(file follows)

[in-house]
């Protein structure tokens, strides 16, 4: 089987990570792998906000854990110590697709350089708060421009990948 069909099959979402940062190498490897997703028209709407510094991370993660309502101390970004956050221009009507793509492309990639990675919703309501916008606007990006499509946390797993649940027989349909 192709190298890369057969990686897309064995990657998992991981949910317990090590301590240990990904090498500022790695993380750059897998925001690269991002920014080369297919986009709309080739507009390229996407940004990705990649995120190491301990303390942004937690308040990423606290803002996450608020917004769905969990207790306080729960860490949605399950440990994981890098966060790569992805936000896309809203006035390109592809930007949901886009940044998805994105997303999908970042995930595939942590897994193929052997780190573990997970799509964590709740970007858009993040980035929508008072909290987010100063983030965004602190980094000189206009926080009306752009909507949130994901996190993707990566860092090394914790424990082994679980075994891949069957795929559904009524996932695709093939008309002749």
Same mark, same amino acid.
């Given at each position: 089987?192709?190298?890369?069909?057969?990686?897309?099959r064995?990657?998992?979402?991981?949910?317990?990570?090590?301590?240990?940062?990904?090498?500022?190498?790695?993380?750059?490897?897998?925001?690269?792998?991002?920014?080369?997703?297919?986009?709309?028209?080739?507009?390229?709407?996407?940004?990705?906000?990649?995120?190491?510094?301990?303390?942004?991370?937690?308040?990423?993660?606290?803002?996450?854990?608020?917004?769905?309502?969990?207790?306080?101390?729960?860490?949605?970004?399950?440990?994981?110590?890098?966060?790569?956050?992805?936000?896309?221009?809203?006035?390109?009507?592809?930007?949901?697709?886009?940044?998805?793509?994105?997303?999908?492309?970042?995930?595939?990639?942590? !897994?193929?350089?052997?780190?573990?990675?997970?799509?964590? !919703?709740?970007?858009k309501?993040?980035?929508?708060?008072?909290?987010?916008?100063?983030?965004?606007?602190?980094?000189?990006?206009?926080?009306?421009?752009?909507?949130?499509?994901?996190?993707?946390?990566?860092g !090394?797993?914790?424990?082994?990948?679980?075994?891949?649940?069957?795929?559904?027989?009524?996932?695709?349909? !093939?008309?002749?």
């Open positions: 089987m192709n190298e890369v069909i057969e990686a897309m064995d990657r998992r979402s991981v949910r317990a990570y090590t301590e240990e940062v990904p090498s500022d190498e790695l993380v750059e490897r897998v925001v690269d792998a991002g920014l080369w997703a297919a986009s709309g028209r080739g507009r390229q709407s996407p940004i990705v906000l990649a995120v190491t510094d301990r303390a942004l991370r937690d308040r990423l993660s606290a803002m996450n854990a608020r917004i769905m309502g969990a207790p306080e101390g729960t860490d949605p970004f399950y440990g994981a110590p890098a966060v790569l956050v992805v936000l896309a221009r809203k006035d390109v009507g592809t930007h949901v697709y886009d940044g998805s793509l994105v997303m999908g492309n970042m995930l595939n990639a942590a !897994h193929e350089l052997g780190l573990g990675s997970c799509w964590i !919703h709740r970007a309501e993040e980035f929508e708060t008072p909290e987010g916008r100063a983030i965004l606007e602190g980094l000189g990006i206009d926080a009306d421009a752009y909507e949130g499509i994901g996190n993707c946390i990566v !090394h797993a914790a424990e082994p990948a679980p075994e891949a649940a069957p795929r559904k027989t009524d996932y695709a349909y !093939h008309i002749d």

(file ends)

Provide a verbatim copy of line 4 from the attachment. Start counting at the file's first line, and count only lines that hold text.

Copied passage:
């Given at each position: 089987?192709?190298?890369?069909?057969?990686?897309?099959r064995?990657?998992?979402?991981?949910?317990?990570?090590?301590?240990?940062?990904?090498?500022?190498?790695?993380?750059?490897?897998?925001?690269?792998?991002?920014?080369?997703?297919?986009?709309?028209?080739?507009?390229?709407?996407?940004?990705?906000?990649?995120?190491?510094?301990?303390?942004?991370?937690?308040?990423?993660?606290?803002?996450?854990?608020?917004?769905?309502?969990?207790?306080?101390?729960?860490?949605?970004?399950?440990?994981?110590?890098?966060?790569?956050?992805?936000?896309?221009?809203?006035?390109?009507?592809?930007?949901?697709?886009?940044?998805?793509?994105?997303?999908?492309?970042?995930?595939?990639?942590? !897994?193929?350089?052997?780190?573990?990675?997970?799509?964590? !919703?709740?970007?858009k309501?993040?980035?929508?708060?008072?909290?987010?916008?100063?983030?965004?606007?602190?980094?000189?990006?206009?926080?009306?421009?752009?909507?949130?499509?994901?996190?993707?946390?990566?860092g !090394?797993?914790?424990?082994?990948?679980?075994?891949?649940?069957?795929?559904?027989?009524?996932?695709?349909? !093939?008309?002749?």